> On Tue, 04 Nov 2014 12:46:21 -0500, DJ Delorie <dj@delorie.com> wrote: > > >>Phil Allison <pallison49@gmail.com> writes: >>> A 1000W motor smaller than a golf ball ? >> >>No, a 1000W motor with a stator smaller than a golf ball. Most RC >>motors are outriggers, with the stator in the center and the rotor on >>the outside. The total motor size is bigger than just the stator, and >>the power/size ratios they're getting are pretty ridiculous. >> >>The problem is, those motors are designed for high speed air cooling. >>Using them for anything else poses serious cooling problems. > Which is why I want liquid cooling. I can buy water cooled outrunners > but they don't spin fast enough. . > Eric
I think you'll save money overall by going with bigger motors, and blowing lots of air through them. -- Tim Wescott Wescott Design Services http://www.wescottdesign.com
On Tue, 04 Nov 2014 17:55:54 -0600, Tim Wescott
<seemywebsite@myfooter.really> wrote:

>On Tue, 04 Nov 2014 14:51:36 -0800, etpm wrote: > >> On Tue, 04 Nov 2014 12:46:21 -0500, DJ Delorie <dj@delorie.com> wrote: >> >> >>>Phil Allison <pallison49@gmail.com> writes: >>>> A 1000W motor smaller than a golf ball ? >>> >>>No, a 1000W motor with a stator smaller than a golf ball. Most RC >>>motors are outriggers, with the stator in the center and the rotor on >>>the outside. The total motor size is bigger than just the stator, and >>>the power/size ratios they're getting are pretty ridiculous. >>> >>>The problem is, those motors are designed for high speed air cooling. >>>Using them for anything else poses serious cooling problems. >> Which is why I want liquid cooling. I can buy water cooled outrunners >> but they don't spin fast enough. . >> Eric > >I think you'll save money overall by going with bigger motors, and blowing >lots of air through them.
Greetings Tim, I know I could save money by using a larger purpose bought spindle. At least I think I could. But I have not been able to find one small enough. I want to put a 32000 RPM spindle in my CAT 40 machine by using a CAT 40 tool holder modified to accept my spindle. So I need a lot of power in a small space. Speeders cost in the neighboorhood of $1500.00 for a used one. And many of them won't go fast enough anyway. I now have three engraving jobs coming up that would benefit greatly from the increased feed allowed by a faster spindle. Ideally the spindle will connect automatically to power and coolant when the tool change occurs. So this why I have chosen this route. Eric
On Tue, 04 Nov 2014 16:24:42 -0800, etpm wrote:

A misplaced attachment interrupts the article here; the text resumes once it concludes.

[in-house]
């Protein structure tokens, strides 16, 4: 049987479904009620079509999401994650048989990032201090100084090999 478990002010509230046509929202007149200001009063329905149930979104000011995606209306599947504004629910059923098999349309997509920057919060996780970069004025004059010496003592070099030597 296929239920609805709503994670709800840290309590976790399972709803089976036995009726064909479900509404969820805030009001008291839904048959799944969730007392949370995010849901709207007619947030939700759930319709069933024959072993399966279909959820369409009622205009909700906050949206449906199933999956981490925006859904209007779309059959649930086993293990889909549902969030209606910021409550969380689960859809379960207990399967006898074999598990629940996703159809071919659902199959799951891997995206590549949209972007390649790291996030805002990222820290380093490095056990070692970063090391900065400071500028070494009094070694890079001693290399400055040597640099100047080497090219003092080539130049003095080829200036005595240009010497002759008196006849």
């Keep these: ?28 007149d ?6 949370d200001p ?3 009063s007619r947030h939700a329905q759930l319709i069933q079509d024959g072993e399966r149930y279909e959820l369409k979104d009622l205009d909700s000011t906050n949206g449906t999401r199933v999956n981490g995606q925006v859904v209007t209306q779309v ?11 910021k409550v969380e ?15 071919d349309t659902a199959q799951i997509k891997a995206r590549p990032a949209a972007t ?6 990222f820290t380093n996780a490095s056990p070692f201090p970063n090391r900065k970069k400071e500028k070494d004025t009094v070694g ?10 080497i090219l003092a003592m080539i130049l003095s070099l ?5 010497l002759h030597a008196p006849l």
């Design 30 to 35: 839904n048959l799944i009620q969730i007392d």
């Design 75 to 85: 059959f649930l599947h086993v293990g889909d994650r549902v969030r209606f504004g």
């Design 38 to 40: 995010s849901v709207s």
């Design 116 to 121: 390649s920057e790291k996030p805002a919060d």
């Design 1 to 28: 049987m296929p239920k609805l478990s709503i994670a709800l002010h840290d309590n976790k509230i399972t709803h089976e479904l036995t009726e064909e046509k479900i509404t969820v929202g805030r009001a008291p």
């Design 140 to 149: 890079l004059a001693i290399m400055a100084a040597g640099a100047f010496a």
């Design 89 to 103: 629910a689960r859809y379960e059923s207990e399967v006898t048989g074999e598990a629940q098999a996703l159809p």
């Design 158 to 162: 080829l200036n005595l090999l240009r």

> On Tue, 04 Nov 2014 17:55:54 -0600, Tim Wescott > <seemywebsite@myfooter.really> wrote: > >>On Tue, 04 Nov 2014 14:51:36 -0800, etpm wrote: >> >>> On Tue, 04 Nov 2014 12:46:21 -0500, DJ Delorie <dj@delorie.com> wrote: >>> >>> >>>>Phil Allison <pallison49@gmail.com> writes: >>>>> A 1000W motor smaller than a golf ball ? >>>> >>>>No, a 1000W motor with a stator smaller than a golf ball. Most RC >>>>motors are outriggers, with the stator in the center and the rotor on >>>>the outside. The total motor size is bigger than just the stator, and >>>>the power/size ratios they're getting are pretty ridiculous. >>>> >>>>The problem is, those motors are designed for high speed air cooling. >>>>Using them for anything else poses serious cooling problems. >>> Which is why I want liquid cooling. I can buy water cooled outrunners >>> but they don't spin fast enough. . >>> Eric >> >>I think you'll save money overall by going with bigger motors, and >>blowing lots of air through them. > Greetings Tim, > I know I could save money by using a larger purpose bought spindle. At > least I think I could. But I have not been able to find one small > enough. I want to put a 32000 RPM spindle in my CAT 40 machine by using > a CAT 40 tool holder modified to accept my spindle. So I need a lot of > power in a small space. Speeders cost in the neighboorhood of $1500.00 > for a used one. And many of them won't go fast enough anyway. > I now have three engraving jobs coming up that would benefit greatly > from the increased feed allowed by a faster spindle. Ideally the spindle > will connect automatically to power and coolant when the tool change > occurs. So this why I have chosen this route. > Eric
I'm not arguing against the model airplane BLDC motors -- just the use of liquid cooling. You know they work if sufficient air is rammed through them -- so ram sufficient air through them, and be happy! -- Tim Wescott Wescott Design Services http://www.wescottdesign.com